Public relations, or PR, refers to a company’s public messaging. In this case, publicity refers to PR coverage by traditional media (magazines, newspapers, and news outlets).
Publicity usually starts with local news, blogs, or viral news sites, which are then picked up by major news organizations.
DonorsChoose.org was picked up by local news outlets, then NewsWeek, and then featured by Oprah. This led to more sponsorships and donations for the company.
Start by pitching smaller sites first. Bigger sites usually scan smaller sites for stories, so they are likely to pick yours up if it’s interesting enough.
Make the pitch short and clear.
Make sure to choose a newsworthy topic, like an event or milestone for your company (product launch, amazing quarterly results, charity event, etc.), and angle your story to make it exciting to read. If you don’t have one big event, you can bundle a few small events together.
A good story elicits an emotion from the reader and makes them want to share it with others. It shouldn’t be predictable or just “satisfy” the reader.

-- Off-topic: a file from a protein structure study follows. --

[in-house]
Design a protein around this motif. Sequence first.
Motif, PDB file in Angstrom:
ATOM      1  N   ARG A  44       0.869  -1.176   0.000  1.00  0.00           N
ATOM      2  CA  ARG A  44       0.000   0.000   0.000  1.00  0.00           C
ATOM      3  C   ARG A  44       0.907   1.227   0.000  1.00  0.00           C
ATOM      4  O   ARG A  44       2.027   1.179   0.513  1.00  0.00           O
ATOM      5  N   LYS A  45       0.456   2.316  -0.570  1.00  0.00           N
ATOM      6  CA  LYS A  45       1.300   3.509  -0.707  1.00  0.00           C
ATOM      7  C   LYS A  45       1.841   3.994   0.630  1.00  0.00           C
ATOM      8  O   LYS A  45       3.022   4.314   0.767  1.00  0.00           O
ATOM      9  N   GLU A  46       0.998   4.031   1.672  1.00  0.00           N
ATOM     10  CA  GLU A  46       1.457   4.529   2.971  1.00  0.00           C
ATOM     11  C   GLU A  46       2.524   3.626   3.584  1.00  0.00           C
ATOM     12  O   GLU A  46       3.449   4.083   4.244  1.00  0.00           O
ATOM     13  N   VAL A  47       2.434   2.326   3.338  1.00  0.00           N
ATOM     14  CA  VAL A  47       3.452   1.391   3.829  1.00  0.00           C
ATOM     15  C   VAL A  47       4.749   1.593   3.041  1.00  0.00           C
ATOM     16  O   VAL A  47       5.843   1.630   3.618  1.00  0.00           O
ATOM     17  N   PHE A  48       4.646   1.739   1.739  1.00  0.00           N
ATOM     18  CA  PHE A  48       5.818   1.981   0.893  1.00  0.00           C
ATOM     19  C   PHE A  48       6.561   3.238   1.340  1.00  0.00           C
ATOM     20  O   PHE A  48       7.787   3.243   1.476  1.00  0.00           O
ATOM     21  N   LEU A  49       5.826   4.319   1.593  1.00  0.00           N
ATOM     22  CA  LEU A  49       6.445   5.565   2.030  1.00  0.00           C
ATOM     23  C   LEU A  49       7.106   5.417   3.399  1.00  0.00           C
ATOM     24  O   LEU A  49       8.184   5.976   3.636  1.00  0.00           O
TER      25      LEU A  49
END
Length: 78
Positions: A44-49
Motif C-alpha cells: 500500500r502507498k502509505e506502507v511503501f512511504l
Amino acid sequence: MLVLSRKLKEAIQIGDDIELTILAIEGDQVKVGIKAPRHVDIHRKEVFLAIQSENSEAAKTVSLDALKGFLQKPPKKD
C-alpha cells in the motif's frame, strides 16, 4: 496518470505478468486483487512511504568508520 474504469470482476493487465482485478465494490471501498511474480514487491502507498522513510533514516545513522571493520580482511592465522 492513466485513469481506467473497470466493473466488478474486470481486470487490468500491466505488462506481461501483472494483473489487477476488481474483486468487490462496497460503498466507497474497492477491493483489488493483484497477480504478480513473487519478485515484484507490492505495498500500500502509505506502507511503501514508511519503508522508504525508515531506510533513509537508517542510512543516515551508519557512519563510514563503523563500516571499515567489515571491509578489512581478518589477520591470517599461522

Good stories don’t need to please every reader. Stories that divide readers on an issue often get a lot of shares and generate buzz.
You can use a service like Help A Reporter to give commentary to reporters about your specific field. You can also contact reporters with follow-up insights about your industry or industry trends, or simply tweet reporters your content that you think may help them with a story.
Once you’ve been covered in the media, make sure to share it everywhere: email, related blogs, social media (posts and ads), and link-sharing sites. Make the most of it.
If other people are looking to pick up the story, you can give follow-up interviews to keep the publicity going.
Build real relationships with reporters, as you can help each other out in the future.
You can hire a PR firm or consultant if you have the budget for it. However, many reporters avoid PR professionals, so proceed with caution.